Across the Great Divide

 “Haunted House for Rent”

Haunted houses have been the stuff of local legend for generations; often these stories are exploited by Hollywood. Sometimes, though, there’s nothing fun about the experience, as the thought of sharing a home with an unexpected guest is no laughing matter.








Josue Chinchilla and Michele Callan, of Toms River, New Jersey, filed a lawsuit against their home owner, declaring that the rental property is also the residence of at least one paranormal entity and that this was never disclosed to them before moving in.

They believe they had no choice but to flee the property, along with their two children, only one week after moving in. The couple is demanding the return of their $2,250 security deposit because they claim to be witness to such activity as moving doors, flickering lights, and recorded voices whispering, “let it burn.”

The family moved in on March 1, and immediately felt that they were not alone. By March 10 they’d had enough. That was the night that Chinchilla says that blankets started inexplicably sliding off his bed, and he felt an invisible grip on his arm; Callan added that she saw a “shapeless dark apparition” nearby.

The family checked into a hotel on March 13, where they have been staying ever since.

They at first laughed off the activity as a trick of the senses, then tried to ignore the recurring events, but according to a report by the Asbury Park Press, when the entity began to pulling sheets off the bed, and a dark apparition appeared in the bedroom, they knew they had to leave.

The home’s owner refutes the entire “haunted house” lawsuit is a ruse, and are making up the story because can’t afford the $1500 monthly rent; he defends that he has rented the home for the last ten years without any issues.

In a report by the Huffington Post, the Shore Paranormal Research Society, based in the same town, investigated and later classified the activity as “paranormal,” but that it did not indicate a haunting, according to the group’s website. They have released a video showing a bowling pin reportedly falling over of its own accord.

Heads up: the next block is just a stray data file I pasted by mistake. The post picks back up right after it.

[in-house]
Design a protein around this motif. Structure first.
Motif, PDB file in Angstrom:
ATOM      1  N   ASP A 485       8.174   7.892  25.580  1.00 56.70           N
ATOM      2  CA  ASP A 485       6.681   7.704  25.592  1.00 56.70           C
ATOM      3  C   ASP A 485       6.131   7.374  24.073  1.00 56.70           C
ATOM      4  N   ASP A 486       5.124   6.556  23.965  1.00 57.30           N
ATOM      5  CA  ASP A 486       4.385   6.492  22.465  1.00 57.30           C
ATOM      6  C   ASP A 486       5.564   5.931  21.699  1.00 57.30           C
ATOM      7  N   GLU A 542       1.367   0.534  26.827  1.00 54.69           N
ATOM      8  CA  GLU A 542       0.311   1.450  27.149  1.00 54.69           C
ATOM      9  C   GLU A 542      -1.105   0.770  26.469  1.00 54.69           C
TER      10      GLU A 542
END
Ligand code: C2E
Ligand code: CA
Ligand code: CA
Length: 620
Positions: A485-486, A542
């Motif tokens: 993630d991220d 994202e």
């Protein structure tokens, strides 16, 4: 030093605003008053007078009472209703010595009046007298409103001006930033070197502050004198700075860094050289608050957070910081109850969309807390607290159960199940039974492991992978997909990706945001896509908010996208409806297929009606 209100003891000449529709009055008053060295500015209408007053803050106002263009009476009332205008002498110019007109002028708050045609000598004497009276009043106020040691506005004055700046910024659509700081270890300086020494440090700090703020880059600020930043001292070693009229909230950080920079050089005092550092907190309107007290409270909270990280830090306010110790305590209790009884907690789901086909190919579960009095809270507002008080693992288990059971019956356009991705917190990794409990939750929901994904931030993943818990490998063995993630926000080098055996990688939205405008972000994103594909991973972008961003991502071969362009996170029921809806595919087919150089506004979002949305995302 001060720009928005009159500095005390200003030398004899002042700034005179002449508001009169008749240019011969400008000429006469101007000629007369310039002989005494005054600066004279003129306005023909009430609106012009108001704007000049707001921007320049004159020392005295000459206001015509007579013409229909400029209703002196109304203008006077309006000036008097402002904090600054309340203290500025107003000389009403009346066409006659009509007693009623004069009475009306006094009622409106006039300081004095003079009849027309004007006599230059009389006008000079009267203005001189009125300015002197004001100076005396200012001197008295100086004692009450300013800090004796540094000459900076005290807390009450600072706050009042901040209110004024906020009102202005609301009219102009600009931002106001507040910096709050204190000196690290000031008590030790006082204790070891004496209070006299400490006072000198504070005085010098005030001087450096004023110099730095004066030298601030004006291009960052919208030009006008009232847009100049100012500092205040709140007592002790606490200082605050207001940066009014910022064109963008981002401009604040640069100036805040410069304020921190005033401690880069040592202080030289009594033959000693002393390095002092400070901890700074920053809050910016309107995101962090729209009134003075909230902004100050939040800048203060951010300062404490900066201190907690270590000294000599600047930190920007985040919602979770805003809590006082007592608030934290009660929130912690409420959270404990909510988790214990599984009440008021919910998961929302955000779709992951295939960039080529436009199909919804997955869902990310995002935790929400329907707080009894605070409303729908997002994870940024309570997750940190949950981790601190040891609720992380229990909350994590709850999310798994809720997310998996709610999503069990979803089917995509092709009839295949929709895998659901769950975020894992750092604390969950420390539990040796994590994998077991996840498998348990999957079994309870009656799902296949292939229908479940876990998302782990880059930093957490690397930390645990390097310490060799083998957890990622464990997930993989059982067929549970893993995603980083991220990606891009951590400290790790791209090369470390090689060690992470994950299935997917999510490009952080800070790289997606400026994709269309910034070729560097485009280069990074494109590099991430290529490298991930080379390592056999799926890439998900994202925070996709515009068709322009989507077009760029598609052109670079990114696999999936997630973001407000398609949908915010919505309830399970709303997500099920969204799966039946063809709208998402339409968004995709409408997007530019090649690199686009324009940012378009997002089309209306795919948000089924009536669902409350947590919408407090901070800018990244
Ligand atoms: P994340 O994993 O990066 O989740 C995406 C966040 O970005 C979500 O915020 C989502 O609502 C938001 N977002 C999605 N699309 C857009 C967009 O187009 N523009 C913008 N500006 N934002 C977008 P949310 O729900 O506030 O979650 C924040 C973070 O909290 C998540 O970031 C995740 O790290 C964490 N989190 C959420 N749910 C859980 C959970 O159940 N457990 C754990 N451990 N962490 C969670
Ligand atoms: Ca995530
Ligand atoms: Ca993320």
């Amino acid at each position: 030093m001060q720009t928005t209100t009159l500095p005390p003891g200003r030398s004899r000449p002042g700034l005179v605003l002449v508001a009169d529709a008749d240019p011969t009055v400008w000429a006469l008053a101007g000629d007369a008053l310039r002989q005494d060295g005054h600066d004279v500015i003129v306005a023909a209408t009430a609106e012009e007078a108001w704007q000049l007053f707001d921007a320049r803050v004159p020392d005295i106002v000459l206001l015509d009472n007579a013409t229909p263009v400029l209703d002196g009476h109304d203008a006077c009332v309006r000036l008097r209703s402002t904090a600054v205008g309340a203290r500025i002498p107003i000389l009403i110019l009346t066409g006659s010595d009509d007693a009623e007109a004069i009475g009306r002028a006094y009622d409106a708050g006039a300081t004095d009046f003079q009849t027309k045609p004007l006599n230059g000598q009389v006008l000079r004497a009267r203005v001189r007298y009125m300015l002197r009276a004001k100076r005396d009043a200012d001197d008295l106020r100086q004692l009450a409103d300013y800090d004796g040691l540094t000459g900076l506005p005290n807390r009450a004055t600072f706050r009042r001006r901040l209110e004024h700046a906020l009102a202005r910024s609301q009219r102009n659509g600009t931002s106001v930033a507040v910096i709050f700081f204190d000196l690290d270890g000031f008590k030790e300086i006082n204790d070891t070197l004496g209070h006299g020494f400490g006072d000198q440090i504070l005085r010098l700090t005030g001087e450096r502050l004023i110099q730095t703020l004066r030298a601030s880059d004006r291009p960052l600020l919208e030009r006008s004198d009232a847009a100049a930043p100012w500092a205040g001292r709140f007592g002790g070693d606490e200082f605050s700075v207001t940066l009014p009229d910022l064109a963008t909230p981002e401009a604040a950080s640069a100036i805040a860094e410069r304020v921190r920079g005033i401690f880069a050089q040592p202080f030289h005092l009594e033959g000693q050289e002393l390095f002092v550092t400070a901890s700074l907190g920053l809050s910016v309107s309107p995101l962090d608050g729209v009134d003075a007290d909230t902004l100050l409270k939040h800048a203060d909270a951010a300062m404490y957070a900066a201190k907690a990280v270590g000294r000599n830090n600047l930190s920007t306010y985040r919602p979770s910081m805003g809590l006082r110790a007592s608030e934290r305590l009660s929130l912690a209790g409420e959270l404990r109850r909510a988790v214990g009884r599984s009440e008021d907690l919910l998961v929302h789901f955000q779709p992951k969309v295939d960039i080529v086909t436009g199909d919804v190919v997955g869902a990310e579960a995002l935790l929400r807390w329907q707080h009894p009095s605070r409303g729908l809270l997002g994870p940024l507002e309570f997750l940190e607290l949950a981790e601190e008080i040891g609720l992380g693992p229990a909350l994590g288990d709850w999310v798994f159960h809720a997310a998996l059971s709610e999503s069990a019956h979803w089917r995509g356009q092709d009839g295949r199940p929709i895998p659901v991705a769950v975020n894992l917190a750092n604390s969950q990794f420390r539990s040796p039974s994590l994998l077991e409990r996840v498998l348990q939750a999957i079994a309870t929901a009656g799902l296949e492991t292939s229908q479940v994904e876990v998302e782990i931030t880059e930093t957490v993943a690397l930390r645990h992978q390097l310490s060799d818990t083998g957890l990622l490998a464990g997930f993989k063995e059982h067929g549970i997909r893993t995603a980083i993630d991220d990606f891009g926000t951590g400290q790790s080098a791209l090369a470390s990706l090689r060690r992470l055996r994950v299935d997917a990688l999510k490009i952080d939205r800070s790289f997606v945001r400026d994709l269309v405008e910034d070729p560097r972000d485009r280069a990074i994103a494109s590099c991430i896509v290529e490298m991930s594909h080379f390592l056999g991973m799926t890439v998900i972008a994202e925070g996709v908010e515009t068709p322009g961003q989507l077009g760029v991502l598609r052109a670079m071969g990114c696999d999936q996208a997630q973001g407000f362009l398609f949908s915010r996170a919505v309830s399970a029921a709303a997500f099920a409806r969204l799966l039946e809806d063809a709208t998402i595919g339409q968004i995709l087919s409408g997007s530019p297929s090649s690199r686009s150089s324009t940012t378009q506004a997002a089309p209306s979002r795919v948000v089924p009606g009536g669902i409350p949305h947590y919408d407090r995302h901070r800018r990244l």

Marianne Brigando, an investigator from New Jersey Paranormal Investigators, says that the home is indeed haunted and states that the home is “the site of an active or intelligent haunting.” She based her conclusion on the results of the oft-maligned “flashlight test, which involves communicating with an otherworldly presence via a flashlight. When Brigando asked questions, she claims, an unseen force would turn the flashlight on and off- two flashes for “yes,” one for “no.”

To add to the controversy, the couple’s pastor, Terence Sullivan, reported that he is certain a “demonic possession” has visited the house, raising the possibility that Chinchilla and Callan may have brought the ghost with them.

Or it is possible that the house does have a history, which the owner is refusing to disclose to tenants.

Consumer interest laws have arisen in recent years demanding that landowners disclose the history of a property including any reported paranormal activity, or cases of murder and suicide. If the landlord knew about the haunting, he had a duty to disclose the information before the lease was signed.

We’ve often seen the flip side of this, with restaurants, hotels, and other businesses, reaping the press and rewards of having ‘big name’ groups like The Atlantic Paranormal Society (TAPS, claim on air that a place is haunted and then sit back and watch their customer base boom.

It’s arguably a material fact, but if they brought the ghost with them, then it’s a haunting of another level, and the non-disclosure lawsuit would most certainly fail.

A hearing was scheduled for the end May, the results of which were not available by press time.


Sources: Reuters, USA Today, CBS News, Huffington Post, ABC News, Asbury Park Press

Image © 2012 ABC News

© 2012 R. Wolf Baldassarro/Deep Forest Productions